Thomas Everest Curator

Joined: May 21, 2019 Last Active: May 22, 2024 iNaturalist Monthly Supporter since November 2022

I'm currently a lab tech at Cornell University working with mosquitoes and fruit flies as models to study gut health. My strongest interests (amateur for the moment) are in molluscan systematics, and I spent several years working in museum collections. I am most familiar with Californian mollusks, but I enjoy learning about the malacofauna of all regions that I have the privilege of exploring. I have also conducted research on zebra mussels, the freshwater hydroid Cordylophora, and entomopathogenic fungi of the spotted lanternfly, brown marmorated stinkbug, and spongy moth.

In general, I am fascinated by the diversity of life we are blessed with and I love getting outside and experiencing it. As a recent grad of Wheaton College (IL), I love exploring the intersection of science and faith—particularly how conventional science and Christian theology complement each other incredibly well. Feel free to reach out if you are curious about that (or check out this site)!

I used to regularly ID some substantial groups (see below), but this became too time-consuming to keep up with. I'd still love to help out anyone interested, so please feel free to ask for IDs, explanations, clarifications, or tips on how to take good photos of mollusks. As for my own observations, please let me know how I can take better photos!

I'm also the most active mollusk curator on iNat, so let me know if you see any issues in the taxonomy. We automatically sync with MolluscaBase, but they miss things sometimes.

I am keeping up with IDs of:
Santa Barbara County Mollusks (see this site for some terrestrial mollusks)
South Dakota Mollusks
Lancetooth snails
Juga (following this paper)
Freshwater limpets (Lancini)
Mollusks in these projects: Living Bivalves, Terrestrial Gastropod Dissections, Fossils of North America, The Pot Fouling Project, Monster Snails, Type Reference/Voucher Collections

I have identified through March 2023:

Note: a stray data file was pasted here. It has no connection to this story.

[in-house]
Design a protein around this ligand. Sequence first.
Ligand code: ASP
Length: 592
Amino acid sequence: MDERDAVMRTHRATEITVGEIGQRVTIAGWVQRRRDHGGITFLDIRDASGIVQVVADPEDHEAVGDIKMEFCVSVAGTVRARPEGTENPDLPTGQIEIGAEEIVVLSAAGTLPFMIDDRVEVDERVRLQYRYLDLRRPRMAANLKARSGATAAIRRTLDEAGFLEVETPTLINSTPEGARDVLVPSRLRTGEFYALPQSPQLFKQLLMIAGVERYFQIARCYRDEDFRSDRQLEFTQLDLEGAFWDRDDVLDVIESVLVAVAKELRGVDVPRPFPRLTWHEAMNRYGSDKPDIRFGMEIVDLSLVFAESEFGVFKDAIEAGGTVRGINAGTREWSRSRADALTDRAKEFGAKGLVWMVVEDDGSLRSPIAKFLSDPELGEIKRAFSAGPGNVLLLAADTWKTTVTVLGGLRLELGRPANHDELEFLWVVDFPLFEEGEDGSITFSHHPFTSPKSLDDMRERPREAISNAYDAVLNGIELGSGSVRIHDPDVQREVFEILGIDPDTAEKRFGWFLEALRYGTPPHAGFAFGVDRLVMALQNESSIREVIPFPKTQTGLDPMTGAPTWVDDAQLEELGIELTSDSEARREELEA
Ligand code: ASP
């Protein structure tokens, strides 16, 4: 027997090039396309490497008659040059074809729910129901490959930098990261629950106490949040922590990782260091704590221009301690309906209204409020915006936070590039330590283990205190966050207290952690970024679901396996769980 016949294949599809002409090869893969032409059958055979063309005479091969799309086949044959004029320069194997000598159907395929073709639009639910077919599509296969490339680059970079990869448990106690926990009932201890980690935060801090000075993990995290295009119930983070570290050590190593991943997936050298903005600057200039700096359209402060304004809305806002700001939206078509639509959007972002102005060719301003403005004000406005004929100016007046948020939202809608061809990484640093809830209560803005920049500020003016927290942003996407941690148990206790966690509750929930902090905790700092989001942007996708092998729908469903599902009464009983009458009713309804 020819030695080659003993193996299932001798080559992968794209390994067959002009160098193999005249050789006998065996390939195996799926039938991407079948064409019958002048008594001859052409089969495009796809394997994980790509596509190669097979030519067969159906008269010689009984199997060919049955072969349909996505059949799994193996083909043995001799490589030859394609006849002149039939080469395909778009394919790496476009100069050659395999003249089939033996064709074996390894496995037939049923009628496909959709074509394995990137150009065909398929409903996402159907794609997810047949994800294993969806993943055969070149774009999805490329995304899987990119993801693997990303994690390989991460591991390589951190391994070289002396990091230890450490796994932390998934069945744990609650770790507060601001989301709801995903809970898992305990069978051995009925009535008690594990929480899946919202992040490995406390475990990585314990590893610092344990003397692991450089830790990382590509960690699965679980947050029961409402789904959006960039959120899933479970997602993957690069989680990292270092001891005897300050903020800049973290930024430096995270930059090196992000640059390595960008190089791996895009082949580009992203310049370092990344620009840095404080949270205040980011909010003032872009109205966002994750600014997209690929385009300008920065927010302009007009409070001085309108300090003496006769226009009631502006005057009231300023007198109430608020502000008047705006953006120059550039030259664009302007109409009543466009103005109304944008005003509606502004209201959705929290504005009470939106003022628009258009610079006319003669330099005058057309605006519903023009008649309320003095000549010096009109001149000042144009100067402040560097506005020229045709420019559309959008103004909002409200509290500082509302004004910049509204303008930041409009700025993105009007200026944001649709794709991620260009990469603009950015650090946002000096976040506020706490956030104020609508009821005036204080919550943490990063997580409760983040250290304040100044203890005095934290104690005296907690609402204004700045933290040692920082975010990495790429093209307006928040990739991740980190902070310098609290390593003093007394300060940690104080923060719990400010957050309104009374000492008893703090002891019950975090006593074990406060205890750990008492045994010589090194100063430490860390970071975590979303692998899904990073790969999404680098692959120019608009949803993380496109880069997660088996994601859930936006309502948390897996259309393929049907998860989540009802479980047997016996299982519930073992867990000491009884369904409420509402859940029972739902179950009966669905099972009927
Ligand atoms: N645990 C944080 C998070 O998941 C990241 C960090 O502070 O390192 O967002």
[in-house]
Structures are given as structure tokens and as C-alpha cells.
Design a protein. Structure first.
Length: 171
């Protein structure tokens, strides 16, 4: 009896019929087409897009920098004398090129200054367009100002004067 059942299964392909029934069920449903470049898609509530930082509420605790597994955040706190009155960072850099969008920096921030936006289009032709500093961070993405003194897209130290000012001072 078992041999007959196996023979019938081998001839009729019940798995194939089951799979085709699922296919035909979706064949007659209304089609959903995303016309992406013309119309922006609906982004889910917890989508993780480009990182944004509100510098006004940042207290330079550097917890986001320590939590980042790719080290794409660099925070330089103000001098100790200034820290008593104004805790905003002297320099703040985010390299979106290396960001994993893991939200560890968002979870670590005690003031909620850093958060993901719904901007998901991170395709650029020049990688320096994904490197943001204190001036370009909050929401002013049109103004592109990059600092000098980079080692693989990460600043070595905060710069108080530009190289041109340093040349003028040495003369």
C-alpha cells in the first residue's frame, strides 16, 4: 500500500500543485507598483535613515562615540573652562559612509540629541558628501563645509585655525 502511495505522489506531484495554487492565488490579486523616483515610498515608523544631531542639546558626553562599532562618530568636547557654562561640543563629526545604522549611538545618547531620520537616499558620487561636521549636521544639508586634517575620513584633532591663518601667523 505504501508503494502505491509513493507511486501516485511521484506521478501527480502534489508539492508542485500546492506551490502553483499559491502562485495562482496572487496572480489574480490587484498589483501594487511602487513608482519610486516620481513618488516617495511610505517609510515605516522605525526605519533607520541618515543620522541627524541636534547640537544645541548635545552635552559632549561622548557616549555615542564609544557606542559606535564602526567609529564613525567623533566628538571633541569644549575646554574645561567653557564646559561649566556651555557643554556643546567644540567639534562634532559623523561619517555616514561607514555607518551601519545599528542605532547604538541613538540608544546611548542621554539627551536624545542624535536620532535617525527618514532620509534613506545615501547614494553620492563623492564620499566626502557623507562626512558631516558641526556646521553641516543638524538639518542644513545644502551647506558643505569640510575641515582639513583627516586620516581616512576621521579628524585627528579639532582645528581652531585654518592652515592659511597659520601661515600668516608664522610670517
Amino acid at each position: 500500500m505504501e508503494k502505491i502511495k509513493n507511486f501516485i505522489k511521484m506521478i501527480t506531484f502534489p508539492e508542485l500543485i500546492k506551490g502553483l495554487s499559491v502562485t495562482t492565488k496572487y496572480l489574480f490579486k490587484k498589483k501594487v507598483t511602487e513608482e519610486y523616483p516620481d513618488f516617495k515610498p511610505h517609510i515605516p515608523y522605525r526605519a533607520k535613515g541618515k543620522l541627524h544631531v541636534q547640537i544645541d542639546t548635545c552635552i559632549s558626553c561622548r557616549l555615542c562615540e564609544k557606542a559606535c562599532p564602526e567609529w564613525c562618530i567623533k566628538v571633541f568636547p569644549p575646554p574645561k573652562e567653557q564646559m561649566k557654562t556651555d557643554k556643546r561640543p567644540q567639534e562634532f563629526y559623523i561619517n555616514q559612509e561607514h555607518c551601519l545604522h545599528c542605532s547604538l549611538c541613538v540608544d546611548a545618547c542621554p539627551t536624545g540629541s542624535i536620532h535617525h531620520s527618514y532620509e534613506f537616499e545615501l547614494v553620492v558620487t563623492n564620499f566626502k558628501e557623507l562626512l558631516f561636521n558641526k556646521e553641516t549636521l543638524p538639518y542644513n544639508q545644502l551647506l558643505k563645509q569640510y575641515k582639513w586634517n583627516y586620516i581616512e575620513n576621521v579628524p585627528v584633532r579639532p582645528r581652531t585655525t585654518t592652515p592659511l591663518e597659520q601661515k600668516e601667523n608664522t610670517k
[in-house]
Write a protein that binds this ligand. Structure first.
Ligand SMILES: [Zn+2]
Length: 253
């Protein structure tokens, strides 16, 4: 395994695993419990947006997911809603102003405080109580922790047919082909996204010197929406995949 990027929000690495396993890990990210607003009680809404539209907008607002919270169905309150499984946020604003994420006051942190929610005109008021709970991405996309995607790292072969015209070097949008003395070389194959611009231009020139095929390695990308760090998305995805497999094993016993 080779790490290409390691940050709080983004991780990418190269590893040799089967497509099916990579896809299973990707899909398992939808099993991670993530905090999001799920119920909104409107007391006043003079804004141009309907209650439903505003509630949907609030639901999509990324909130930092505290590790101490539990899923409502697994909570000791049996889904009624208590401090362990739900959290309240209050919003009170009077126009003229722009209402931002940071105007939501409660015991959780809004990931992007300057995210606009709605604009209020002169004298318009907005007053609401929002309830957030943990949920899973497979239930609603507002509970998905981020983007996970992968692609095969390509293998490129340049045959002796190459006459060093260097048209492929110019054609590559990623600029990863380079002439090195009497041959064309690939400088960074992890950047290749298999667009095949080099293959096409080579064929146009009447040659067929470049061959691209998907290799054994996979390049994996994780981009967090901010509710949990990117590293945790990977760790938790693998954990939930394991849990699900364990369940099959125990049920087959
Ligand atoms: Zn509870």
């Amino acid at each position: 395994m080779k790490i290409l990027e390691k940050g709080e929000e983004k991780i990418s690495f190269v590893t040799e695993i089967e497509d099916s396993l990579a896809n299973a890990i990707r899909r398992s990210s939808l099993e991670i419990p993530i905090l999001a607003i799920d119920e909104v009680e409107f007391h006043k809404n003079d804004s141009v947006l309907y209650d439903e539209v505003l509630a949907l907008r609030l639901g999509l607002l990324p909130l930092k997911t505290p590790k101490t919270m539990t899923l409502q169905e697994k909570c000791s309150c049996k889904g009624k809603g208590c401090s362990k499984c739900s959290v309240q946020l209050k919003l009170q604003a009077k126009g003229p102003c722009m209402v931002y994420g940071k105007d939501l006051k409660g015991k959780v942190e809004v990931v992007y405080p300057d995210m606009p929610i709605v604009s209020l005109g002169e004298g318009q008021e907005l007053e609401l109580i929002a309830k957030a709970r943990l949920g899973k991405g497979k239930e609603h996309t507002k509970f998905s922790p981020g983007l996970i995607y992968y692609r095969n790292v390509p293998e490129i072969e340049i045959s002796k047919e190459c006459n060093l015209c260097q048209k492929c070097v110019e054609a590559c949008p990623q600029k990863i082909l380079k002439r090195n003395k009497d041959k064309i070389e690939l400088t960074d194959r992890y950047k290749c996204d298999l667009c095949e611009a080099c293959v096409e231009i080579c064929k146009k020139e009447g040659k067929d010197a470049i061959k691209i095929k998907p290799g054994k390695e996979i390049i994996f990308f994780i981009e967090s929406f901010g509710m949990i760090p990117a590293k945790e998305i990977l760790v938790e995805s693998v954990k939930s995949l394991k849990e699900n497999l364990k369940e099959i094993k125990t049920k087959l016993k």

Banana slugs (see this post)
West Coast Bivalves (Alaska through Baja California)

Here's some publicly available sources that I've found useful for mollusk IDs. Let me know if any of the links are broken or if you'd like anything more specific (there are lots more!).

Marine

Mollusks (various)
Mollusks (Mediterranean)
Mollusks (Pacific Northwest)
Mollusks (Central California)
Mollusks (Southern California) (see this too)
Mollusks (Southwest Florida)
Bivalves (Central California to Oregon)
Pyramidellidae (West Coast)
Epitoniidae (Northeastern Pacific)

Freshwater

Snails (North America) (see this too)
Snails (Montana)
Snails (Wisconsin)
Snails (Illinois)
Physidae
Juga
Fluminicola
Bivalves (Montana)
Bivalves (Illinois)
Mussels (North America)
Mussels (Upper Mississippi)
Mussels (Wisconsin) (see this project too)
Mussels (Maryland)
Pea Clams (North America) (see this too)
Zebra vs. Quagga Mussels

Terrestrial

Gastropods (general)
Gastropods (North America) (see this checklist and Pilsbry for more detail: I.i.1, I.i.2, I.ii.1, I.ii.2, II.i.1, II.i.2, II.ii.1, II.ii.2)
Gastropods (Eastern US)
Gastropods (East Coast)
Gastropods (British Columbia)
Gastropods (Montana)
Gastropods (Illinois)
Gastropods (Tennessee)
Gastropods (California)
Gastropods (Channel Islands)
Gastropods (Westmont College)
Snails (Black Hills)
Snails (Minnesota)
Pupilloidea (Eastern North America) (see also Pupilla)
Strophocheilidae
Euconulus (see this too)
Zachrysia
Banana Slugs (and see my post here)

Fossils

Black Hills (map)
California Pliocene–Pleistocene
California Tertiary (Marine Bivalves): a, b, c, d, e
Santa Barbara (map)
Vaqueros Formation (see this too)

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